- CLEAN UP YOUR LIVER; lower your LDL
The liver is the largest organ in the body and is your organ of detoxification but few people understand it is crucial to your immune system. Furthermore, cancer cells produce lactate which poisons the liver resulting in fat building up in the liver and ´backwashing´ into the lymph and blood systems. People with the highest levels of LDL in their blood stream get more metastases and survive least. It is essential that you tackle this.
- HEAL Ur GUT
Have you ever known a small child who seemed to get a cold every week? It wasn´t a cold. They´d touched the cat, then put their fingers in their mouth. They´d put a new bacterium in their gut. Their white immune cells had come out to attack. The immune system had developed some new cell structures to deal with the invader. Your gut is responsible for 85 per cent of your immune system – and your immune memory, until you take drugs, Proton Pump Inhibitors and antibiotics. But you can also damage it with stress, smoking, pickles (vinegar) and alcohol and parasites, amongst other things.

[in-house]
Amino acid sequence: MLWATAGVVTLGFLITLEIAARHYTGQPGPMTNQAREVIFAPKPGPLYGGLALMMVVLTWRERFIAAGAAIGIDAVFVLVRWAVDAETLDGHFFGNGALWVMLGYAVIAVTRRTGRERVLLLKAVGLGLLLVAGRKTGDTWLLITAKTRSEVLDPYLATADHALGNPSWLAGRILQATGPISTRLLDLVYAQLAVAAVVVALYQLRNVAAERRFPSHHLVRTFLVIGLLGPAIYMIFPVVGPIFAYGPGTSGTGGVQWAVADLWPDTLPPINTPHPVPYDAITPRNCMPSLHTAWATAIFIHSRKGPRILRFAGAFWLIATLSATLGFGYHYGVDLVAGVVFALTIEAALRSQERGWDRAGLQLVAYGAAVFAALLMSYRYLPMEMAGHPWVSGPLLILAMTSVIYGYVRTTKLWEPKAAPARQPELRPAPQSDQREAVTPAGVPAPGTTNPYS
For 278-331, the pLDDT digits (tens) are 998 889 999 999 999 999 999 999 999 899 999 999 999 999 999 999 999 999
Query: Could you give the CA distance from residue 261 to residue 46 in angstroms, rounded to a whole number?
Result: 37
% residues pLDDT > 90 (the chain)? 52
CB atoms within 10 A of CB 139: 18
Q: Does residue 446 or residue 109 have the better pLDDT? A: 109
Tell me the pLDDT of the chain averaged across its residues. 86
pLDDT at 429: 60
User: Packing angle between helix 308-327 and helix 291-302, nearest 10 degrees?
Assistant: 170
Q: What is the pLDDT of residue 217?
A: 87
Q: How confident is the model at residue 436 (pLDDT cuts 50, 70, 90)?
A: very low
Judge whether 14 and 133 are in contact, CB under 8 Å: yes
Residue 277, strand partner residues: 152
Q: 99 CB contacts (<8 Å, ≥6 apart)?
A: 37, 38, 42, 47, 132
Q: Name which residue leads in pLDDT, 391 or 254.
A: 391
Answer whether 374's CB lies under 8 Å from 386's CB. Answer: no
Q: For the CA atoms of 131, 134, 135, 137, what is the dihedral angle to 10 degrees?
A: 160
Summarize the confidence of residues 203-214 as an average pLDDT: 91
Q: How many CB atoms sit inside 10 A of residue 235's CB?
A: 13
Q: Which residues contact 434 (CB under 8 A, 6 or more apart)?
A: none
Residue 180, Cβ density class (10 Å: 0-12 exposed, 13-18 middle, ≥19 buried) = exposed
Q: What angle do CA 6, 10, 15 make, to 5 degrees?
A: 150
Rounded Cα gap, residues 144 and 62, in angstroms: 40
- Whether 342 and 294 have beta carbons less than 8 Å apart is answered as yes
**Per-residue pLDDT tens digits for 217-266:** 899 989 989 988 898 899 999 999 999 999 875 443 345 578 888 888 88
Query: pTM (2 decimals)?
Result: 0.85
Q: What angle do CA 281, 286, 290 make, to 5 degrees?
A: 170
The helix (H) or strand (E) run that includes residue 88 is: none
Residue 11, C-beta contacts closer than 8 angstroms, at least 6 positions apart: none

Research has now shown your gut ´microbiome´ gets ill first, then you get ill. And you cannot get better until it gets better. But then it doesn´t just control your immune system; it MAKES certain compounds like short-chain esters which can reduce chronic inflammation throughout the body. Without them, your body takes another battering. It it is imperative that you give yourself a HUG –
- TAKE SUPPLEMENTS
- So they are the long-term fixes. What can you do in the short-term?
You have approximately 20 different types of white cell. You are unlikely to boost all the different types with just one supplement. We suggest a spectrum – for example, curcumin, grape seed extract/pine bark extract, herbs such as echinacea or astragalus or cat´s claw, beta-glucans, and melatonin. That should cover pretty well everything.
Curcumin – take with olive oil and black pepper (piperine) – is an antioxidant, anti-inflammatory and immune booster of some note.
Melatonin is the largest antioxidant we make as animals and is very calming. It´s why sleep is so healing.
Beta-glucans – naturally occurring polysaccharides from pathogenic bacteria and fungi (like ´medicinal´ mushrooms´). They have a strong effect on the immune system (1) by causing a positive reaction, and enhancing natural killer and macrophage action. You can eat mushrooms, and buy extracts. Immiflex, PSP and PSK are the ´in´ ones at the moment.
There are other ´polysaccharide´ immune boosters – like extracts from seaweed, and the Chinese herb astragalus.
And astragalus has a double benefit – it boosts the immune system and helps the white cells see the bad guys. On the subject of herbs, you could consider echinacea and cat´s claw.
Vitamin E (all 8 forms) is good, as is vitamin A.